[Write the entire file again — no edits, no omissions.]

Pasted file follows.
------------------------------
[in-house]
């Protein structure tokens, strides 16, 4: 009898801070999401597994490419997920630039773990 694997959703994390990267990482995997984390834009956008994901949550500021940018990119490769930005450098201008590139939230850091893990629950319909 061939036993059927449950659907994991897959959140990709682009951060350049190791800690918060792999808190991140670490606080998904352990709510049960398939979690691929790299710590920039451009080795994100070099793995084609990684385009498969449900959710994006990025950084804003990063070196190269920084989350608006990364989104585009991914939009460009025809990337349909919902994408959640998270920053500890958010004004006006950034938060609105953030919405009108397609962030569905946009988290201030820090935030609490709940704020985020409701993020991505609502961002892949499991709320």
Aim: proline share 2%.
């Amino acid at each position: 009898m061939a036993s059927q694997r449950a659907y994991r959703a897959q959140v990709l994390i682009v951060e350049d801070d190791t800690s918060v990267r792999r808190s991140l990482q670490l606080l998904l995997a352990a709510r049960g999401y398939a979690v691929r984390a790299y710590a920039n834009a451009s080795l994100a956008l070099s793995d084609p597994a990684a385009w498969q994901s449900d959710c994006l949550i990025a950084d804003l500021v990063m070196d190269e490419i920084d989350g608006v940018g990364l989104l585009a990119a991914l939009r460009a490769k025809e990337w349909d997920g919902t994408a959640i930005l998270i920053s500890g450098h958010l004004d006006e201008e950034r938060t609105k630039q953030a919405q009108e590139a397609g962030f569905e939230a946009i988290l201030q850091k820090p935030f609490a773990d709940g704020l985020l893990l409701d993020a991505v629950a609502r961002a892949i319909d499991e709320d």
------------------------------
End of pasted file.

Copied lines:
[in-house]
């Protein structure tokens, strides 16, 4: 009898801070999401597994490419997920630039773990 694997959703994390990267990482995997984390834009956008994901949550500021940018990119490769930005450098201008590139939230850091893990629950319909 061939036993059927449950659907994991897959959140990709682009951060350049190791800690918060792999808190991140670490606080998904352990709510049960398939979690691929790299710590920039451009080795994100070099793995084609990684385009498969449900959710994006990025950084804003990063070196190269920084989350608006990364989104585009991914939009460009025809990337349909919902994408959640998270920053500890958010004004006006950034938060609105953030919405009108397609962030569905946009988290201030820090935030609490709940704020985020409701993020991505609502961002892949499991709320």
Aim: proline share 2%.
């Amino acid at each position: 009898m061939a036993s059927q694997r449950a659907y994991r959703a897959q959140v990709l994390i682009v951060e350049d801070d190791t800690s918060v990267r792999r808190s991140l990482q670490l606080l998904l995997a352990a709510r049960g999401y398939a979690v691929r984390a790299y710590a920039n834009a451009s080795l994100a956008l070099s793995d084609p597994a990684a385009w498969q994901s449900d959710c994006l949550i990025a950084d804003l500021v990063m070196d190269e490419i920084d989350g608006v940018g990364l989104l585009a990119a991914l939009r460009a490769k025809e990337w349909d997920g919902t994408a959640i930005l998270i920053s500890g450098h958010l004004d006006e201008e950034r938060t609105k630039q953030a919405q009108e590139a397609g962030f569905e939230a946009i988290l201030q850091k820090p935030f609490a773990d709940g704020l985020l893990l409701d993020a991505v629950a609502r961002a892949i319909d499991e709320d």